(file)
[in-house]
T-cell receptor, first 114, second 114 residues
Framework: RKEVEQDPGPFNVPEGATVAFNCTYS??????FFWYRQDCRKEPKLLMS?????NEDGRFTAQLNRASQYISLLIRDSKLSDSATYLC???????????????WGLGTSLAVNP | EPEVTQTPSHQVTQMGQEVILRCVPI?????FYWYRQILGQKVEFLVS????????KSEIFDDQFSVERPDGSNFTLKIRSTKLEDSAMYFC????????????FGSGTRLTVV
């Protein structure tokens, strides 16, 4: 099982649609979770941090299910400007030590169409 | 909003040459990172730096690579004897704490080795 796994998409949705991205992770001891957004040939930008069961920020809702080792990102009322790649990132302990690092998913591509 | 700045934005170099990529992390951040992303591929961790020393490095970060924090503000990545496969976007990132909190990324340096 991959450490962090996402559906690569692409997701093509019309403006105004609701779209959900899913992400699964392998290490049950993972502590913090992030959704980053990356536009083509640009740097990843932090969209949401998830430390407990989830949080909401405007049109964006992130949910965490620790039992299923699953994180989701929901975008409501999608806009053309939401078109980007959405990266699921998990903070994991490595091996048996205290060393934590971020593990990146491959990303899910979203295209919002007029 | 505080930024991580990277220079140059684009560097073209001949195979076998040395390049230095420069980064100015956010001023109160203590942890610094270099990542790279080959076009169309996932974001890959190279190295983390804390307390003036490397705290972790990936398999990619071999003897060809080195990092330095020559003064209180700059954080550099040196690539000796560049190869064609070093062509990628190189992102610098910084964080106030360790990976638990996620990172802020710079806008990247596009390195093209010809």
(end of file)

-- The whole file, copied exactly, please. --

[in-house]
T-cell receptor, first 114, second 114 residues
Framework: RKEVEQDPGPFNVPEGATVAFNCTYS??????FFWYRQDCRKEPKLLMS?????NEDGRFTAQLNRASQYISLLIRDSKLSDSATYLC???????????????WGLGTSLAVNP | EPEVTQTPSHQVTQMGQEVILRCVPI?????FYWYRQILGQKVEFLVS????????KSEIFDDQFSVERPDGSNFTLKIRSTKLEDSAMYFC????????????FGSGTRLTVV
């Protein structure tokens, strides 16, 4: 099982649609979770941090299910400007030590169409 | 909003040459990172730096690579004897704490080795 796994998409949705991205992770001891957004040939930008069961920020809702080792990102009322790649990132302990690092998913591509 | 700045934005170099990529992390951040992303591929961790020393490095970060924090503000990545496969976007990132909190990324340096 991959450490962090996402559906690569692409997701093509019309403006105004609701779209959900899913992400699964392998290490049950993972502590913090992030959704980053990356536009083509640009740097990843932090969209949401998830430390407990989830949080909401405007049109964006992130949910965490620790039992299923699953994180989701929901975008409501999608806009053309939401078109980007959405990266699921998990903070994991490595091996048996205290060393934590971020593990990146491959990303899910979203295209919002007029 | 505080930024991580990277220079140059684009560097073209001949195979076998040395390049230095420069980064100015956010001023109160203590942890610094270099990542790279080959076009169309996932974001890959190279190295983390804390307390003036490397705290972790990936398999990619071999003897060809080195990092330095020559003064209180700059954080550099040196690539000796560049190869064609070093062509990628190189992102610098910084964080106030360790990976638990996620990172802020710079806008990247596009390195093209010809």